Gradle – Passing on the App Home Directory

Gradle’s ‘application’ plugin is cool enough to create start scripts for *nix and Windows platforms but doesn’t have an easy way pass on the app directory ( install path ). Knowing where your app is installed is pretty useful if you are writing for the desktop.

Here’s one hacky way to pass it on as a system property:

Reference –

JVisualVM via SSH Proxy

Java’s VisualVM is a handy tool if you want to monitor your JVM’s health. Here’s a nice script to quickly connect to your remote JVM over a SSH tunnel.

First, start your java app on your server with JMX enabled:

Run the following script from your local machine:


Always Use a Build Tool

Just started work on a personal project to learn some new frameworks and decided on using Spring + Jetty + MongoDB. I somehow managed to get Spring + Jetty working by going through some tutorials online but got stuck when it came to integrating MongoDB.

The most difficult task was resolving all the dependent jars. Most tutorials used maven to resolve dependencies but I didn’t use it as the XML style configuration was quite intimidating for me and so went out to resolve all dependencies manually by searching online and downloading them one by one as and when I encountered the NoClassDefFoundError, little did I know that this would be futile. After wasting several hours, got really frustrated and gave a shot at Gradle.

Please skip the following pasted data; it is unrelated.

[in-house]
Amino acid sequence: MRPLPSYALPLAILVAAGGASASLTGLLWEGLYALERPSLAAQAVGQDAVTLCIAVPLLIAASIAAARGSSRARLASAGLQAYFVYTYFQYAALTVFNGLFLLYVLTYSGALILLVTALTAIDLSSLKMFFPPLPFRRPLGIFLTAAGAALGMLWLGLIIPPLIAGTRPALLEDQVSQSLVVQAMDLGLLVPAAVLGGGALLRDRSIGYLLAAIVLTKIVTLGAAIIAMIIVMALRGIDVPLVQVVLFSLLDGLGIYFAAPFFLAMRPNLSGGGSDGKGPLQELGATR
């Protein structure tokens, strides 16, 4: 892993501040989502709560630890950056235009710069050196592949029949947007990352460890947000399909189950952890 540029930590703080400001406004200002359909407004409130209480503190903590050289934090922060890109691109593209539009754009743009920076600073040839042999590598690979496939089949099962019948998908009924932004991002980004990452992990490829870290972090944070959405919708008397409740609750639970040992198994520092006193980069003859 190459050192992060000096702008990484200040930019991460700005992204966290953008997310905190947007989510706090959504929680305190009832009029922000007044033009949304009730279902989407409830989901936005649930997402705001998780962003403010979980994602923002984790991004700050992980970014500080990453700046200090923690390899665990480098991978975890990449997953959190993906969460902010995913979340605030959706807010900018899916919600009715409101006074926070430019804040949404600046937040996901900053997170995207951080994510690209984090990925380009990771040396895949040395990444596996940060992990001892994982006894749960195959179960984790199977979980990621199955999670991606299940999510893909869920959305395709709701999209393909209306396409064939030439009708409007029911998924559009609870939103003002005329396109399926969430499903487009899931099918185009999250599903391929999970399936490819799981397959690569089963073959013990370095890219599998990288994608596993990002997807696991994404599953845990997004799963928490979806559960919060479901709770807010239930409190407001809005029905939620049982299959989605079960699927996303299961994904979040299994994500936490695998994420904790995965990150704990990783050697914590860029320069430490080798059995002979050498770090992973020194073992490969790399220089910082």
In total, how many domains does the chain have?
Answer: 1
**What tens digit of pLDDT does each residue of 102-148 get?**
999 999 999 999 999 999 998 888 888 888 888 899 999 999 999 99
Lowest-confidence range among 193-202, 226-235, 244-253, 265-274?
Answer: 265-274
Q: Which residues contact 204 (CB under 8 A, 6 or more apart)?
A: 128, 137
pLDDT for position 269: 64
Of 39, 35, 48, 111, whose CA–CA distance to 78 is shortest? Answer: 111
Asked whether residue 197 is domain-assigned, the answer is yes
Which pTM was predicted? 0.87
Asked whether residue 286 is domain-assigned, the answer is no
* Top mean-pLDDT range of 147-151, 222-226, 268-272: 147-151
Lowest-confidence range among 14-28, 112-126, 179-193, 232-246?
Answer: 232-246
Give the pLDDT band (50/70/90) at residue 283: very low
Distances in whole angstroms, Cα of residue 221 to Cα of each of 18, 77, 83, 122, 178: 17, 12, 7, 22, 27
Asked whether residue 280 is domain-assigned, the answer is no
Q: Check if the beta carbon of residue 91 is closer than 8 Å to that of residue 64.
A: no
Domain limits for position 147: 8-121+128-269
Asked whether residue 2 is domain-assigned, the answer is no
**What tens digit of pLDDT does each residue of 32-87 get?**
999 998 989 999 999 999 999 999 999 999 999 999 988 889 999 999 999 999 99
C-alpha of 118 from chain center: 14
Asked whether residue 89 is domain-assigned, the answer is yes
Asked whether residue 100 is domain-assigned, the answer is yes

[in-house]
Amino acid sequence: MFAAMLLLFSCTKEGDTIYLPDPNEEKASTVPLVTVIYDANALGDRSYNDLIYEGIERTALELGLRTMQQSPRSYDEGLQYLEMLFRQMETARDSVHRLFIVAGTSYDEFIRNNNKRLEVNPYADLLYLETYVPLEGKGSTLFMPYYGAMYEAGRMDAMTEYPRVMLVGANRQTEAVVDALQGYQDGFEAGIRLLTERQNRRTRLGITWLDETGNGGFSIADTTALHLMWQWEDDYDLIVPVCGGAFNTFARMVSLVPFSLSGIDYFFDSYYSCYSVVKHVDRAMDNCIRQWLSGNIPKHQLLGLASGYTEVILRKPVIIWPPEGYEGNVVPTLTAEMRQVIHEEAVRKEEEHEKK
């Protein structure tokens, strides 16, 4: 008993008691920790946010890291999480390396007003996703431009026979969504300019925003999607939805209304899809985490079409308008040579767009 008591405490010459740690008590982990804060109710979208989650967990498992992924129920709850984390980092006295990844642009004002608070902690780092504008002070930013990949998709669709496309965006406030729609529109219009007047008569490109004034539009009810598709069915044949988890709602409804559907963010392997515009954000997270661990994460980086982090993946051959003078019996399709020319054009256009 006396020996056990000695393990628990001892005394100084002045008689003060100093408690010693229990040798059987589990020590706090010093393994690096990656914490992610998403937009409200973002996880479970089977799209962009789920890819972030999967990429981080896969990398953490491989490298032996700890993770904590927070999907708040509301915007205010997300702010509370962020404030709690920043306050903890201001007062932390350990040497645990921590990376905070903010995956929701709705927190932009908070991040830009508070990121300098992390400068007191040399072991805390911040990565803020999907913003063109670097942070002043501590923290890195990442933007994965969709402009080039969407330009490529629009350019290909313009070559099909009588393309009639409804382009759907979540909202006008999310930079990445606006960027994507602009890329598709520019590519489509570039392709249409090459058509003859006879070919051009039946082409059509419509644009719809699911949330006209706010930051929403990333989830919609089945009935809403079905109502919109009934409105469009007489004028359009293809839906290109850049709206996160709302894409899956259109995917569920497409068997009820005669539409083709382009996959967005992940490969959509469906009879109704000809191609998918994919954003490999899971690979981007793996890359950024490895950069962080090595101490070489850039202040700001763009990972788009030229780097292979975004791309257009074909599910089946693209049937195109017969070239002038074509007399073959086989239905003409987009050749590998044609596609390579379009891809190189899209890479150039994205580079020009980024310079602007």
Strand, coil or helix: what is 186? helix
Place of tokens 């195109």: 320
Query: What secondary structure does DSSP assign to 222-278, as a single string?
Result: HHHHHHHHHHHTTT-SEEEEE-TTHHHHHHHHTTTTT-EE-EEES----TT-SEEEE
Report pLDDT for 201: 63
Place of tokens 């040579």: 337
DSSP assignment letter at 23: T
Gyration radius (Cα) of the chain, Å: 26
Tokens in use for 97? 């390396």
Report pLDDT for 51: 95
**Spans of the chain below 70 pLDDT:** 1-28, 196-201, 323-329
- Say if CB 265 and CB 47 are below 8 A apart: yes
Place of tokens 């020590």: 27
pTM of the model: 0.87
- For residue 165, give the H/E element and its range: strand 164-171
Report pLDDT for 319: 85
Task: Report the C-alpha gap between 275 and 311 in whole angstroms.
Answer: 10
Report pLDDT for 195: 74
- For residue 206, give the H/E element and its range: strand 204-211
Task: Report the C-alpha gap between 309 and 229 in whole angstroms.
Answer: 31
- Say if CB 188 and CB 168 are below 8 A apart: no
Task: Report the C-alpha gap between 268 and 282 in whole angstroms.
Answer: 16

Oh boy! what a really elegant build tool after all .. this is all it took to resolve the dependencies


JavaScript Gotchas!

Stumbled upon this by accident:

The following JavaScript code …

.. will actually display



Apparently, it seems “The JavaScript DOM bindings allow indexing by HTML id” as explained at

Gosh! Even after so many years I never knew this 🙁

A quick and dirty logging in Java

If you are working on a really small app and too lazy to do proper logging but would still like to write all your logs (read sysouts) to a file then here is a quick and dirty trick.

Call the following method during the start of your application.

All System.out.println(…) will now be piped to a file myapp.log in your home directory.

Note that this is a dirty way of logging (a simple Google search should tell you why sysouts are bad ) and could easily get out of hand as your application grows. Use this only if your application is too small to be bothered about using a standard logging framework.